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Sunday, July 8, 2012 - Page updated at 07:00 p.m.
Cutting the hassles on family trips
By Michelle Higgins
The New York Times
With summer here, families are heading out on getaways. But figuring out all the details, especially if you're flying somewhere, can be critical for a smooth trip. Here are some lessons I have learned over the years, both from other travelers and through my own experience.
Don't pack what
you can get there
Leave the extra formula, suntan lotion and Cheerios at home. Any extra cash you may spend will be offset by what you save in checked-bag fees and overall inconvenience.
Besides, you are inevitably going to forget something and have to make a run to the local grocery or convenience store anyway.
The more you can leave behind the better, but there are times when taking along a travel bed or a foldable highchair is worth it. For example, when renting a house with friends, my husband and I packed a borrowed Baby Bjorn Travel Crib for our daughter, then a year old. Selling for about $220, the bed (which collapses into a compact carry-on that weighs just 11 pounds) isn't cheap, but it is convenient.
Our friends, who have a 3-year-old, packed the KidCo PeaPod Plus travel bed — a pop-up tent with a blowup mattress that weighs 6.9 pounds and folds into a convenient carry-on case.
Don't stuff everything
into one checked bag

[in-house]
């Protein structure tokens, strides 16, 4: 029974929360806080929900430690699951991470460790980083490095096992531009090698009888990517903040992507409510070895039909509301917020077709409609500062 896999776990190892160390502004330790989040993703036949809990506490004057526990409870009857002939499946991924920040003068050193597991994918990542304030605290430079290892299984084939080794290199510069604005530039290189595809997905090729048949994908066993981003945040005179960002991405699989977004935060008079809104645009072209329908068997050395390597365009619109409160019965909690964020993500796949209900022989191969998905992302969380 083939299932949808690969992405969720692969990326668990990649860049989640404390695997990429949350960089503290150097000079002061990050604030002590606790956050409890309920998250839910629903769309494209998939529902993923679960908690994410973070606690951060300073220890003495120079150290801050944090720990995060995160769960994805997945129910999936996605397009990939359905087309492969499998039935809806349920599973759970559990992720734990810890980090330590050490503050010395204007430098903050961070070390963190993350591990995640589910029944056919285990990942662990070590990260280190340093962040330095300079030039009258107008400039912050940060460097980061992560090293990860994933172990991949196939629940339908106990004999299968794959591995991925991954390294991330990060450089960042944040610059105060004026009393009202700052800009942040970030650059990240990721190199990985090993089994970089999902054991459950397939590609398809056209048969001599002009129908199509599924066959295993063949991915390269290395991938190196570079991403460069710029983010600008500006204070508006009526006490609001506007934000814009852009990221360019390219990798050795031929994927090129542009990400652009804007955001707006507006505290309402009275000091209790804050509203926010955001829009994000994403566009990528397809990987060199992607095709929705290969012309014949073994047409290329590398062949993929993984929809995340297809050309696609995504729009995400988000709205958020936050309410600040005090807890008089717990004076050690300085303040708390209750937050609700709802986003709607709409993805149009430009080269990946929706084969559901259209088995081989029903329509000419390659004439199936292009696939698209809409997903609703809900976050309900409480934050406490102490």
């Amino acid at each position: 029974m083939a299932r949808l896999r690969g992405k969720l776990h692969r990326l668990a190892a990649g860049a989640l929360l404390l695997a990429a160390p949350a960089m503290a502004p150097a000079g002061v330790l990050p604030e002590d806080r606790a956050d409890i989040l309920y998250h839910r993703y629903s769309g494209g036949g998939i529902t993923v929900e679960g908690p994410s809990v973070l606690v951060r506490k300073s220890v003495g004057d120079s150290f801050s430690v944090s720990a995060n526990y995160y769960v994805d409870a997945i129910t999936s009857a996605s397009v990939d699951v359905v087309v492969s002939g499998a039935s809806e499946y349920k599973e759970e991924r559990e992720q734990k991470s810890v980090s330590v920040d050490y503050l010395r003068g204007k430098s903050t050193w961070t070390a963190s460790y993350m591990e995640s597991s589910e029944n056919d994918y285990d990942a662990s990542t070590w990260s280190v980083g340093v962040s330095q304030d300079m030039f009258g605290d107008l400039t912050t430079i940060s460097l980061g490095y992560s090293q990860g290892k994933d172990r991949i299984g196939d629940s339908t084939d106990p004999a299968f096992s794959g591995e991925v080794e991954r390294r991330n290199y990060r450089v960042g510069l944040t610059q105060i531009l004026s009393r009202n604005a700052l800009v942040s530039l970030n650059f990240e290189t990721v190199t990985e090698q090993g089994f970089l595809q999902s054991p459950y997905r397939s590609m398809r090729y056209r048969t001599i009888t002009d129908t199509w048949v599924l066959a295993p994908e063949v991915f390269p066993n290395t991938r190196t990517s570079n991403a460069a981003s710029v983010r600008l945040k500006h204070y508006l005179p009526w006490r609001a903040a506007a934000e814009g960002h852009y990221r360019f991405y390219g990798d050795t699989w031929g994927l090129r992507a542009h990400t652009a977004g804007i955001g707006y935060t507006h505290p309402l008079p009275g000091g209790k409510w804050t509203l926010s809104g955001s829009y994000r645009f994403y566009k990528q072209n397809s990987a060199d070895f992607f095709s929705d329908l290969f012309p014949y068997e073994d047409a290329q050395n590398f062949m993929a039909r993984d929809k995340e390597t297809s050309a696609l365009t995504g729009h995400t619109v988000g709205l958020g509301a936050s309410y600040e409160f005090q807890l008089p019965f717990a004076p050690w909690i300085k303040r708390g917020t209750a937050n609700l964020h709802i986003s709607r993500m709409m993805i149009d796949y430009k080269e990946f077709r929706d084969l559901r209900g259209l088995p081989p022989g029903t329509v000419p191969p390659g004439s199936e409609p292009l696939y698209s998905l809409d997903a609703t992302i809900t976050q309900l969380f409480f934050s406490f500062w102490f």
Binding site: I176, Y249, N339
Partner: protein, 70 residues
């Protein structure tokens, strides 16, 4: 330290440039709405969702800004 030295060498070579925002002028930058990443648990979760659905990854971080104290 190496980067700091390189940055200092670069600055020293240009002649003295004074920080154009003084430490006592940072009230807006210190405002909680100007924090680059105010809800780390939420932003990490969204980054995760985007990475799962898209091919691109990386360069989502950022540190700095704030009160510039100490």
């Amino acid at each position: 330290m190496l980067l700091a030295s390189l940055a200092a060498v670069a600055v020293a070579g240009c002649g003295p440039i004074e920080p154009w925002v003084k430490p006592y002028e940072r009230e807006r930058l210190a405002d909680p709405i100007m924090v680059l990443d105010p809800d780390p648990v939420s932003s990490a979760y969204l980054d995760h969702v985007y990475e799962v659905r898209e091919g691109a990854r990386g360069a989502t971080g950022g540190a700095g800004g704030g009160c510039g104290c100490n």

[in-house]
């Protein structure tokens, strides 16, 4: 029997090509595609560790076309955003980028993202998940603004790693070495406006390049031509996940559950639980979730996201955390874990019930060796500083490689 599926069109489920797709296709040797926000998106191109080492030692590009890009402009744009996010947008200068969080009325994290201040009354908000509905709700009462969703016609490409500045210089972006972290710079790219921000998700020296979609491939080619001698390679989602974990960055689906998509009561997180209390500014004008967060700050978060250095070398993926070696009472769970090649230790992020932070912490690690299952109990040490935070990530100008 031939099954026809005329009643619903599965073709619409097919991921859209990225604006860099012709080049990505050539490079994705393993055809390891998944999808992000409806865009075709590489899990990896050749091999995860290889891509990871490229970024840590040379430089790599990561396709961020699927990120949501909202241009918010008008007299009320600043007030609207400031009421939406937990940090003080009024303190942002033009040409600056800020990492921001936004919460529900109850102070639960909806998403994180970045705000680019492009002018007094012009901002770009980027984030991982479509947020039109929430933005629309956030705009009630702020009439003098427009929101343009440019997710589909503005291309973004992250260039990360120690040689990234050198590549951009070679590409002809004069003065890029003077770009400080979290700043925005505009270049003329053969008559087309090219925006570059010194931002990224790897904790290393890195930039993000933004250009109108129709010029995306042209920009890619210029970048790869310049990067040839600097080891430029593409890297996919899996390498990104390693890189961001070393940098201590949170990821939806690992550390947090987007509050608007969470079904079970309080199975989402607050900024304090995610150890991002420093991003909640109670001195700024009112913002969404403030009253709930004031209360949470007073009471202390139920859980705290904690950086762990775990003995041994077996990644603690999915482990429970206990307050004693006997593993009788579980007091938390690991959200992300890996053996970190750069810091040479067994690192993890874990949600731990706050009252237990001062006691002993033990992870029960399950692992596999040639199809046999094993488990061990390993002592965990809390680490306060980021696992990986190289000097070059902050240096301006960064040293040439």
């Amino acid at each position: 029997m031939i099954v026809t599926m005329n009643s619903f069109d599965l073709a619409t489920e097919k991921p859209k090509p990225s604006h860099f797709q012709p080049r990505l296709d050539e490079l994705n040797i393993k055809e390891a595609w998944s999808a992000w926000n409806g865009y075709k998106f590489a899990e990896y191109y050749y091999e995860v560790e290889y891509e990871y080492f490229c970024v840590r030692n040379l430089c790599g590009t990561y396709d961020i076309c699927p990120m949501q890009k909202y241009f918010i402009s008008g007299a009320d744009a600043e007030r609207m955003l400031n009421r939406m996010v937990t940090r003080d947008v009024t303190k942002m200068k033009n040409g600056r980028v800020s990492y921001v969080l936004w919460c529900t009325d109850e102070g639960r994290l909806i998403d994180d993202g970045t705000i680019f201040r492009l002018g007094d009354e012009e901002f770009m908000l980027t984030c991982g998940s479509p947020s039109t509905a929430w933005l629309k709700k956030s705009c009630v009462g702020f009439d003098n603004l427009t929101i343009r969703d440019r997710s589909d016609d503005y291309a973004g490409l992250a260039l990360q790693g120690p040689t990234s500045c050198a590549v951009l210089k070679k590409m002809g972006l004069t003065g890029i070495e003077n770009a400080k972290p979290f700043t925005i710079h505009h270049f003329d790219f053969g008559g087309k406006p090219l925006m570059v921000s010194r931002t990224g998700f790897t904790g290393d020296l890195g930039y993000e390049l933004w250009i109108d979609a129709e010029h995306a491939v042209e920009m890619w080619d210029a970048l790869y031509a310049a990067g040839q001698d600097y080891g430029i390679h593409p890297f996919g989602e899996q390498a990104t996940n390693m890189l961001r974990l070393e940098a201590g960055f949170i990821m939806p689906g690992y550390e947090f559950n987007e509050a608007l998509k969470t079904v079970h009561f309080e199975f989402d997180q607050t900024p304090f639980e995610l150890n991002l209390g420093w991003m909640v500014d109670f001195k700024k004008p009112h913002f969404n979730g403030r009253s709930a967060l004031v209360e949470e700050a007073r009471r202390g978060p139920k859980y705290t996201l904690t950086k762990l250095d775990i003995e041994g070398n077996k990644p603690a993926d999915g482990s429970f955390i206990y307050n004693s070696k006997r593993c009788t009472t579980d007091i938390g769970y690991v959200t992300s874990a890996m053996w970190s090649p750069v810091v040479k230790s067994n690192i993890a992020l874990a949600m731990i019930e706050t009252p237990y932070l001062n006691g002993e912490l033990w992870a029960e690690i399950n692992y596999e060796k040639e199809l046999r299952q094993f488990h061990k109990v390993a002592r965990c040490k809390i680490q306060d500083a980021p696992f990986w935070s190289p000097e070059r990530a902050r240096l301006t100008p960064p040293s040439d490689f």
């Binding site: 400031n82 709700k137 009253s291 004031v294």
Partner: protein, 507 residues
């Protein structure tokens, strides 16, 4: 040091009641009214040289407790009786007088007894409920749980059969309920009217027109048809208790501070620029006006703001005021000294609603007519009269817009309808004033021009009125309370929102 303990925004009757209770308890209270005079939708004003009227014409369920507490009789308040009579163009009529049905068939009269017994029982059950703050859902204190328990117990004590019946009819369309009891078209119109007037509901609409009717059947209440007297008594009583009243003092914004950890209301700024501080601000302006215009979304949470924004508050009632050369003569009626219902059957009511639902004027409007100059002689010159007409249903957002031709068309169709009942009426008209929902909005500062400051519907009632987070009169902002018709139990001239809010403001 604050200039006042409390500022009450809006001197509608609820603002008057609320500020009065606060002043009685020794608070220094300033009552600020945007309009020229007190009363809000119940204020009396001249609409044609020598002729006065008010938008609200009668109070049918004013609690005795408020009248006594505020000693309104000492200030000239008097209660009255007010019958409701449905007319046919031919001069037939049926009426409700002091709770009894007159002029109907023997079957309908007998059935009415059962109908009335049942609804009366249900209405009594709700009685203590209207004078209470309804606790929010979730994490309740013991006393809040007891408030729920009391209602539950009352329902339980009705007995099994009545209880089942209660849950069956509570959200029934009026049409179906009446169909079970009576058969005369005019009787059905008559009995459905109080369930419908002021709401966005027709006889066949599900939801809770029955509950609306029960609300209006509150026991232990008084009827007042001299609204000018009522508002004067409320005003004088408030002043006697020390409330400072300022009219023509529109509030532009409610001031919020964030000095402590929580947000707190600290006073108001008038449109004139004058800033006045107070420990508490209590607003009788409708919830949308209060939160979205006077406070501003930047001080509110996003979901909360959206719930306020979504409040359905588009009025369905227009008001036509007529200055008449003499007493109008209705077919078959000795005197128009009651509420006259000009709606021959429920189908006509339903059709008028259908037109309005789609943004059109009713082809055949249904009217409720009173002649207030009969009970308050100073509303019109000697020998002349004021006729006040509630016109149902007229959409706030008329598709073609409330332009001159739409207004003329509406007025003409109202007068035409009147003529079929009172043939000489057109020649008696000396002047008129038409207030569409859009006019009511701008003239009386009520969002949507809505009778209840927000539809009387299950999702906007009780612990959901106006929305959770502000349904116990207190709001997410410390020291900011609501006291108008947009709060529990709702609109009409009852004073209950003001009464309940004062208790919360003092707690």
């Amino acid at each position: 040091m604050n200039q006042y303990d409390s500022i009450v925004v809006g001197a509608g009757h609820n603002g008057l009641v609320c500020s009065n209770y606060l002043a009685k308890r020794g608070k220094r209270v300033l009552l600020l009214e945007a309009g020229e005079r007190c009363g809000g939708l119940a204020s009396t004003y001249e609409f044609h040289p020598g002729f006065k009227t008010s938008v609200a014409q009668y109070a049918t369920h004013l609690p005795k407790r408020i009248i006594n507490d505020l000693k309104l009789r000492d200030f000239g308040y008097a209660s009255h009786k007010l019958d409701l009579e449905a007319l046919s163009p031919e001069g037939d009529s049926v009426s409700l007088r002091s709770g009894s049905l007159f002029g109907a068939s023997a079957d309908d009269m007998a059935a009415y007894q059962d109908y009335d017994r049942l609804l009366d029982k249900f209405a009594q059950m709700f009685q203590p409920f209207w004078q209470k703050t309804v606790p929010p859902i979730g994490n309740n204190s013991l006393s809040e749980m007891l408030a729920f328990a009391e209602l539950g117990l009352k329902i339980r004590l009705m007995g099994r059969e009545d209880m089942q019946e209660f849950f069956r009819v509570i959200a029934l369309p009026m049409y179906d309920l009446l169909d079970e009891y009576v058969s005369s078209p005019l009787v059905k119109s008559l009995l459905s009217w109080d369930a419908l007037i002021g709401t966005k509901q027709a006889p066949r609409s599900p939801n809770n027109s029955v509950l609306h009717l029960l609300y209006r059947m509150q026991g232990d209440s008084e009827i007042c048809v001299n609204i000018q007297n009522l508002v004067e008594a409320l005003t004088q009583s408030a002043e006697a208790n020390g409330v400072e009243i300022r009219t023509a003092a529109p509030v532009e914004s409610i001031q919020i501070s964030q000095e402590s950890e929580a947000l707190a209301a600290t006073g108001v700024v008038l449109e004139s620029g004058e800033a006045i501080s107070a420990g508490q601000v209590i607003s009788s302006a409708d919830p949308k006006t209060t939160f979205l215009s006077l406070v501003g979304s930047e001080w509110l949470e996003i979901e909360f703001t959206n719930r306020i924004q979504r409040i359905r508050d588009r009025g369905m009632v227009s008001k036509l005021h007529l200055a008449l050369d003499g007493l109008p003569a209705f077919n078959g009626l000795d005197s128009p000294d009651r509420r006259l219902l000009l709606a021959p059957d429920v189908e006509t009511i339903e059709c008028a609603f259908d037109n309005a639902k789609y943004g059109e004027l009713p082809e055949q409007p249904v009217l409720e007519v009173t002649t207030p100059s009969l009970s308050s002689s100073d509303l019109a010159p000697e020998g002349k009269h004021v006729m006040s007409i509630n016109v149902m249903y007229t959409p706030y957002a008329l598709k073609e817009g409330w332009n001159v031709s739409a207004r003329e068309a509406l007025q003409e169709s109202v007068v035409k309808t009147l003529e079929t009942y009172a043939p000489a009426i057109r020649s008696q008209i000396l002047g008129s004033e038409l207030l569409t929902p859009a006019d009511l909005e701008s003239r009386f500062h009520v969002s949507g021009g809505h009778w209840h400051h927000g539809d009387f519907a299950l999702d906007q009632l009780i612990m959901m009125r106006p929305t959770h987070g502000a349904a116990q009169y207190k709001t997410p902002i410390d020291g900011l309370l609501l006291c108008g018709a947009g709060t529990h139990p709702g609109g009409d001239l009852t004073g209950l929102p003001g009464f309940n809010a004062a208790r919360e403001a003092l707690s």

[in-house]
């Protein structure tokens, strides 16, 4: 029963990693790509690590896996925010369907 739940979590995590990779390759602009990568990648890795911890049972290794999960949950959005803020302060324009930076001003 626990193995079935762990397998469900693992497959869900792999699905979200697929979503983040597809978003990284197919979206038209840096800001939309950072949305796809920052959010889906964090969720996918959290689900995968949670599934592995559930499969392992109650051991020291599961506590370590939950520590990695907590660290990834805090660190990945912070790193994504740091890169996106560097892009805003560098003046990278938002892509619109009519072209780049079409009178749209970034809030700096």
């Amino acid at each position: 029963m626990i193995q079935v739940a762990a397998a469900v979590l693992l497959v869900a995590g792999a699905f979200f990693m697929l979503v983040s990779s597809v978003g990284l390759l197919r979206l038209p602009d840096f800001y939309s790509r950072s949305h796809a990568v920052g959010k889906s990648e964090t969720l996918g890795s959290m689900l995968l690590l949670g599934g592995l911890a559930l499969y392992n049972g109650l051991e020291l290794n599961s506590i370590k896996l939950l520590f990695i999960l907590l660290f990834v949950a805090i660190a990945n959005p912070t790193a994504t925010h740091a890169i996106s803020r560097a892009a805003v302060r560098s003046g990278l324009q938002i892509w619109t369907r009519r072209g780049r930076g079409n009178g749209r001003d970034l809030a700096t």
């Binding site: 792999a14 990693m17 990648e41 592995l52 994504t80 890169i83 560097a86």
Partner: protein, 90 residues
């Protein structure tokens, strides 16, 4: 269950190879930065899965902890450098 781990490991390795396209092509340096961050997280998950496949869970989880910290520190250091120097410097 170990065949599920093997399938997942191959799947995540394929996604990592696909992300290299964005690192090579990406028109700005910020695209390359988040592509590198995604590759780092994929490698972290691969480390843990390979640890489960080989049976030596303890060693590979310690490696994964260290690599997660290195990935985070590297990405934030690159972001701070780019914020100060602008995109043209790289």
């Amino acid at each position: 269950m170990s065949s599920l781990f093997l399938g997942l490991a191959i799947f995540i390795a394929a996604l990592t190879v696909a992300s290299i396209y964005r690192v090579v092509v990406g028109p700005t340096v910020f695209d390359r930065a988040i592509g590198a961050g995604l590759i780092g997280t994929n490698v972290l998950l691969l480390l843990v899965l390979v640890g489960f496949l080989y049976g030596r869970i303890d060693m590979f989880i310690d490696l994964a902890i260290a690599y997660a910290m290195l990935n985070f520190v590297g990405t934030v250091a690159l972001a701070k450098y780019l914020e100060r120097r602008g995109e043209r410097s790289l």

Traveling by plane? Airlines are generally losing fewer checked bags these days. But that's little consolation if you're one of the unlucky ones whose bag goes missing, especially if all the children's clothes, gear and toys are in it.
As a precaution, pack half of those items in one checked bag and half in another or in your carry-on. At a minimum, especially if you're traveling with small children, take a change of clothes onboard for the child and yourself. That way, when she spills cranberry juice all over you, or her diaper leaks, you have options.
on airline tickets
When you are trying to stick to a budget it's tempting to book the cheaper connecting flight or convince yourself that you don't need to spend $25 extra each way to check that portable travel bed.
The nonstop flight and checked bag fees will add to your expenses, but it's often not worth the risk of missing a connection or the effort involved in schlepping all those carry-on bags.
You can quickly turn a luggage rack into an activity gym for an infant by hooking some dangling toys on it. Play-Doh is a godsend when traveling with toddlers who are too young to sit through an in-flight movie and too old to nap in your lap.
When interest in that runs out, order ice and extra stirring straws. That kept our daughter entertained for hours after she quickly tired of all the books, stickers and other games we had packed for a two-flight trip to Ecuador when she was about a year old.
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